A few weeks ago I woke up early and went for a short run around the neighborhood – 2.23 miles. The run was in honor of Ahmaud Arbery, on what would have been his 26th birthday had he not been chased down and killed by a white former police officer and his son on Feb. 23 for running while Black in a white Georgia neighborhood.
I posted about the run on social media because Arbery’s high school football coach had the idea of holding a virtual run to honor Arbery and show support for his family, denoted by the #IRunWithMaud hashtag. Tens of thousands of runners worldwide paid tribute to Arbery with their miles. It wasn’t lost on me at the time that some people may have seen my participation as little more than an attempt by a white person to feel like they were doing something for racial justice without really changing anything. If I’m being honest, there’s probably some truth to that, even if it wasn’t the conscious intent.
The truth is I thought about Arbery for every step of that run, and I’ve thought about him during most of my runs since as the harassment, assault and killing of Black men and women by the police has begun receiving well-deserved and long-overdue scrutiny. I didn’t know Arbery personally, but he was one of us—a human being, and a fellow runner who loved the freedom that running provides; at least he did until that freedom and his life were so violently stolen from him while doing an activity that many of us, especially those of us who are white and male, have the luxury of enjoying without fearing for our safety.
Arbery’s killing, as well as the killings of Breonna Taylor, George Floyd and many others, has sparked more than two weeks of nationwide protests demanding both justice for the victims and systemic change to law enforcement practices that are rooted in racism. This isn’t the first time people have protested the killing of unarmed Black men and women by the police. What’s different now is the size and scale of the protests, as well as the fact that people of all genders, races, faiths and political affiliations are among those demanding change. Big cities and rural communities are speaking up. There’s a broad, diverse coalition saying Black Lives Matter and demanding that the United States prove that’s true with substantive action rather than the temporary lip service of years past.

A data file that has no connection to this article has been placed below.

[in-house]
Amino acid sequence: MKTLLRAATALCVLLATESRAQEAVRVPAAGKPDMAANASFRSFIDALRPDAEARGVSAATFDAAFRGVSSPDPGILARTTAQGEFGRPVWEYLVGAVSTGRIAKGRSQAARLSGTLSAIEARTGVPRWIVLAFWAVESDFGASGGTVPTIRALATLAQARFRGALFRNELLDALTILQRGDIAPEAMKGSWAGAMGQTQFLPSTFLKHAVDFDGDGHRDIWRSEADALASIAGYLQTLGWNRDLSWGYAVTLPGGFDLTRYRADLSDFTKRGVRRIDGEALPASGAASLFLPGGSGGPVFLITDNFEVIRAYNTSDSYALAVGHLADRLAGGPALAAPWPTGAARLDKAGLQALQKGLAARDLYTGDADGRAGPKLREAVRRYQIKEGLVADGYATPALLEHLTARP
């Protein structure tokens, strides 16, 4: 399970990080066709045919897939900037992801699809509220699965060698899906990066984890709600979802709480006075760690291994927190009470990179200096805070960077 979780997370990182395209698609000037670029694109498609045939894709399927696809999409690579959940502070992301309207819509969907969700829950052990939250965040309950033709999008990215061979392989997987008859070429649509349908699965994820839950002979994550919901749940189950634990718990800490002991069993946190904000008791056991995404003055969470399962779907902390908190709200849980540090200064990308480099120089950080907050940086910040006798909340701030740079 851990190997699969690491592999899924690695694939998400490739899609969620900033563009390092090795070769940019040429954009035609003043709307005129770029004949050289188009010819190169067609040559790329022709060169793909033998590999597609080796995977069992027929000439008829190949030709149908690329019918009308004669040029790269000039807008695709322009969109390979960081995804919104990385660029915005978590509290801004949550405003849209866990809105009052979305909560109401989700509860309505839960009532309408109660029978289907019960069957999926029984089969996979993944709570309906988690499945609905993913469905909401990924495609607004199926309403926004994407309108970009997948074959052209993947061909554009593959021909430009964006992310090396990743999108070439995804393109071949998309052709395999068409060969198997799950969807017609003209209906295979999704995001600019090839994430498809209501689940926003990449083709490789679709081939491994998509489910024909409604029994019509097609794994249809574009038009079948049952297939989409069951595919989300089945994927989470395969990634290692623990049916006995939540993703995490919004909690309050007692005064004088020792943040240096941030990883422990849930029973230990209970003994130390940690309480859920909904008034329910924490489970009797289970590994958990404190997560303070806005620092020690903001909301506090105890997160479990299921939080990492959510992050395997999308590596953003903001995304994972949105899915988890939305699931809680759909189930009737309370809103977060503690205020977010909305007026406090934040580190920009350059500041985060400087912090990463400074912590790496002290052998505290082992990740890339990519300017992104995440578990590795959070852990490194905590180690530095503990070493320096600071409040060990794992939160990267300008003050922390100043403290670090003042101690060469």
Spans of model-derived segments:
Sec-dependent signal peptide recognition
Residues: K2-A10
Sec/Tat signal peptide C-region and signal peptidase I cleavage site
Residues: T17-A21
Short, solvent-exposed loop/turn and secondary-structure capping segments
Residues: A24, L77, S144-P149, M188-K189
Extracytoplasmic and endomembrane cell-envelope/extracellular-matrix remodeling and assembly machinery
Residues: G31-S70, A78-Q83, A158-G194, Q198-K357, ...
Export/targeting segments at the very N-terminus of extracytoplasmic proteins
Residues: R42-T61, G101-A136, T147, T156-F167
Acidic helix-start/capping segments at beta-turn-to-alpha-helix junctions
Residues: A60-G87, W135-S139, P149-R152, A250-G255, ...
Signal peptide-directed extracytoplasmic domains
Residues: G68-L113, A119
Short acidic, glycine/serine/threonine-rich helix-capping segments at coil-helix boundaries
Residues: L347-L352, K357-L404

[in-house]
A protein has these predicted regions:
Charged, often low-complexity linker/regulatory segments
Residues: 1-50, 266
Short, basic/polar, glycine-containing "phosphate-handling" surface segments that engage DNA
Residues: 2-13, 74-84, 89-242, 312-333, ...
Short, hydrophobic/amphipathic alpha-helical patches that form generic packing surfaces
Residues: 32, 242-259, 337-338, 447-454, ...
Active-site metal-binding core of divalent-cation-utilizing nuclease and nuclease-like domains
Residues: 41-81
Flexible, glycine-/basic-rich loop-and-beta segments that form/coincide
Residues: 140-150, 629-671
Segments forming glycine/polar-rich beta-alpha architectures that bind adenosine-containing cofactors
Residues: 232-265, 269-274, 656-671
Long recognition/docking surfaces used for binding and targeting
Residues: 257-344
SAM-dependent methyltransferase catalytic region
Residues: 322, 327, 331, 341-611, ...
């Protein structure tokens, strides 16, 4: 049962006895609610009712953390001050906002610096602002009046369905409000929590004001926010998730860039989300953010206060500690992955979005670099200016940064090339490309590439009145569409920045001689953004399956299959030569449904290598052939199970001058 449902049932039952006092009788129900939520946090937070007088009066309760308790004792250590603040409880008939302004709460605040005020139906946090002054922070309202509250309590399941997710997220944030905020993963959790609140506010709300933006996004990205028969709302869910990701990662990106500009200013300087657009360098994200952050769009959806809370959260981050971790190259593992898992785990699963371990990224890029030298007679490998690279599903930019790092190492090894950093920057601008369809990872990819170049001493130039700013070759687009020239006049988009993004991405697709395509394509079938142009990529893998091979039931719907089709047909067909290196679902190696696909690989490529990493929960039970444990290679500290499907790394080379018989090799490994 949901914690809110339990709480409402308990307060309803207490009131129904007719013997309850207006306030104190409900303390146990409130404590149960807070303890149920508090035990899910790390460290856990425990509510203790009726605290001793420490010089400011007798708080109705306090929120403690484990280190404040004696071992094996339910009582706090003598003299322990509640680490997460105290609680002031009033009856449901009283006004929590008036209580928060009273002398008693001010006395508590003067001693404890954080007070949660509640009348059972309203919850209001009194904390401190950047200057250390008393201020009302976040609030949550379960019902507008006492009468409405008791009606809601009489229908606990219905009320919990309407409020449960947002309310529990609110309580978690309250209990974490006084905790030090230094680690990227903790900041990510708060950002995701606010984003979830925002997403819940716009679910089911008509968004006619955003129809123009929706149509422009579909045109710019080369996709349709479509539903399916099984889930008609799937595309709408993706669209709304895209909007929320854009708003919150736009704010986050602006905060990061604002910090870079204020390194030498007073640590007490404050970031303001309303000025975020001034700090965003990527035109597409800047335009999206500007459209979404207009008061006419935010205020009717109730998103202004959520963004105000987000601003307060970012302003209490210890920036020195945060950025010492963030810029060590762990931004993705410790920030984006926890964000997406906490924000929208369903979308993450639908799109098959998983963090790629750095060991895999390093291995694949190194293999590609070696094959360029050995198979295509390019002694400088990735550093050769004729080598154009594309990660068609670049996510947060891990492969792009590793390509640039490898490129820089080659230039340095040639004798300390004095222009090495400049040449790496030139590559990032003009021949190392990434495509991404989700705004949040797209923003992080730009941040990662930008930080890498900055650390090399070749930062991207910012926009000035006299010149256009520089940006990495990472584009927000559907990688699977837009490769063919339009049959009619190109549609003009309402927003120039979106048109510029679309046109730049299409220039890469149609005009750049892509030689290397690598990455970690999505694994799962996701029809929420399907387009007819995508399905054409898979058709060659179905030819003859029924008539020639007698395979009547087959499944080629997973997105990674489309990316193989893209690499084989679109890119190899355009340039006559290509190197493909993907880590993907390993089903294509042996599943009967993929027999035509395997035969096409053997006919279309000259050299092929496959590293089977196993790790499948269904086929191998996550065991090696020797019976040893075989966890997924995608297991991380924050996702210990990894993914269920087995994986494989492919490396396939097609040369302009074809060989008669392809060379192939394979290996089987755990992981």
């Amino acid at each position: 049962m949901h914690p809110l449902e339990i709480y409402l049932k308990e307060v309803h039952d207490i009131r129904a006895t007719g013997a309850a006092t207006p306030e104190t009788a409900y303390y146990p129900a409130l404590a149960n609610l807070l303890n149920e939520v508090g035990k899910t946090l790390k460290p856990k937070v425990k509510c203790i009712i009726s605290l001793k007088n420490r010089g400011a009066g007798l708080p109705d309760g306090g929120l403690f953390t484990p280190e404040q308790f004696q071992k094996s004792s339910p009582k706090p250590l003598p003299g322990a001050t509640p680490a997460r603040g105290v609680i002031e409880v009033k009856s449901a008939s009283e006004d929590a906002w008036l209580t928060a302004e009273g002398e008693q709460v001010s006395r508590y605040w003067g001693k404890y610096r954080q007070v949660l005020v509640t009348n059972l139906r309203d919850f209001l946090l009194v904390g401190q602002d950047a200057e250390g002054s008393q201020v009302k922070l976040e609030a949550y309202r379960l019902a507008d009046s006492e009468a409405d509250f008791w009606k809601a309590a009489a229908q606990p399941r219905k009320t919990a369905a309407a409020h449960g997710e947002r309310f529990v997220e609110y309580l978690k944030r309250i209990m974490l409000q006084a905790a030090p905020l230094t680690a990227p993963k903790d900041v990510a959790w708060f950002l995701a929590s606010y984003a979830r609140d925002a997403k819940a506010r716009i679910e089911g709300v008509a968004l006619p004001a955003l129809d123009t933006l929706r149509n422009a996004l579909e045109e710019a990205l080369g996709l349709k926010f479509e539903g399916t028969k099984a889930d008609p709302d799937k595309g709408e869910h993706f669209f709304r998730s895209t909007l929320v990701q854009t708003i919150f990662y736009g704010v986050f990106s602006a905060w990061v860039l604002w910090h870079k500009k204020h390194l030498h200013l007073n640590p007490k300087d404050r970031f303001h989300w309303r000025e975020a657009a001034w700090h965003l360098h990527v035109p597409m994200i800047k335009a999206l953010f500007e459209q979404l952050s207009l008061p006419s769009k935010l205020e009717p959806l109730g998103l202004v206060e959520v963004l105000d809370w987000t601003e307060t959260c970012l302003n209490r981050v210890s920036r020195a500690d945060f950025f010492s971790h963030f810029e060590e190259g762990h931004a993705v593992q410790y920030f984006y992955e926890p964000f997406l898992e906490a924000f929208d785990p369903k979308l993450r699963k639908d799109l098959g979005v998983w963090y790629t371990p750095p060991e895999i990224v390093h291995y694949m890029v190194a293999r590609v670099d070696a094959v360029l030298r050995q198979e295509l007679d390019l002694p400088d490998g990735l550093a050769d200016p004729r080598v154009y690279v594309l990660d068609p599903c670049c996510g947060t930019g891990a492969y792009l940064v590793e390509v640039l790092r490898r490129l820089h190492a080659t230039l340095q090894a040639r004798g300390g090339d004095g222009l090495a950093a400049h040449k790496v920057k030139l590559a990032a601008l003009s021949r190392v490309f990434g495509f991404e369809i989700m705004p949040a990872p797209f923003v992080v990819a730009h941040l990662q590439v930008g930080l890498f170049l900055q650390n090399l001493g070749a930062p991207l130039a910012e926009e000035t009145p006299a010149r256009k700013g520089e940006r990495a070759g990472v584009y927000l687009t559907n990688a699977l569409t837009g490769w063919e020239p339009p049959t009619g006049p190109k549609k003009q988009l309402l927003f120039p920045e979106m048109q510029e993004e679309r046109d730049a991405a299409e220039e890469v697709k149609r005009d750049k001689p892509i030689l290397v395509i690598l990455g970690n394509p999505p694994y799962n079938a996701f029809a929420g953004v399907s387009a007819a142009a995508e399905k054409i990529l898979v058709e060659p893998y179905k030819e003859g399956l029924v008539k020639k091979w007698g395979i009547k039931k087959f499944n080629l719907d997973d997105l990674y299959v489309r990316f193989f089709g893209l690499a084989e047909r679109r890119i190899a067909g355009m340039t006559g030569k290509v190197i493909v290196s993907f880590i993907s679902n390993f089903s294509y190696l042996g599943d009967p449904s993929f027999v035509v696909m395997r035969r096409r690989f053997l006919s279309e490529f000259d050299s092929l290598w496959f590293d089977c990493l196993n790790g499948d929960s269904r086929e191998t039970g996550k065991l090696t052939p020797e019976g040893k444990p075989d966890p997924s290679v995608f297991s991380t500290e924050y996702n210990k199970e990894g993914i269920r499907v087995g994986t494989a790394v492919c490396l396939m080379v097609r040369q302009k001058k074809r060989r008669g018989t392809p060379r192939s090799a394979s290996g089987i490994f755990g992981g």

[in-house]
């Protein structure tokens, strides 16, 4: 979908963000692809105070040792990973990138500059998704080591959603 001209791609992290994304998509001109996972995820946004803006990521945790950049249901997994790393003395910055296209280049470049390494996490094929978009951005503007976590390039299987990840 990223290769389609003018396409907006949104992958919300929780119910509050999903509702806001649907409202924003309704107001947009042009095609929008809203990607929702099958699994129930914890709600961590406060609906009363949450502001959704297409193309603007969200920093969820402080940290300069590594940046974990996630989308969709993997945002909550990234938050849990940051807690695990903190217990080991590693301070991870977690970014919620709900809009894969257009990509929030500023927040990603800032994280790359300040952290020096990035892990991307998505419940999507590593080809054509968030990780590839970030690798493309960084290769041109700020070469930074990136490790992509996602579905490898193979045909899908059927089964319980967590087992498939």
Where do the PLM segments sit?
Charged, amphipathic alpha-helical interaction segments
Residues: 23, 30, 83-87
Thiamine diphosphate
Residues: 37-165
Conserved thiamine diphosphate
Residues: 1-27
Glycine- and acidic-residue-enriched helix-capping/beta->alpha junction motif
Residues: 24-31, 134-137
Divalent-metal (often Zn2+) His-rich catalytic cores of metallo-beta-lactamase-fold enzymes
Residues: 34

While the action demanded has focused primarily on law enforcement practices, the reality is that all aspects of society deserve scrutiny and self-examination, the trail- and ultrarunning world included. From eliminating racism where it exists in our sport (and it does, as world-champion mountain runner Joe Gray has experienced) to creating an environment where everyone feels welcome on the trails, action is needed.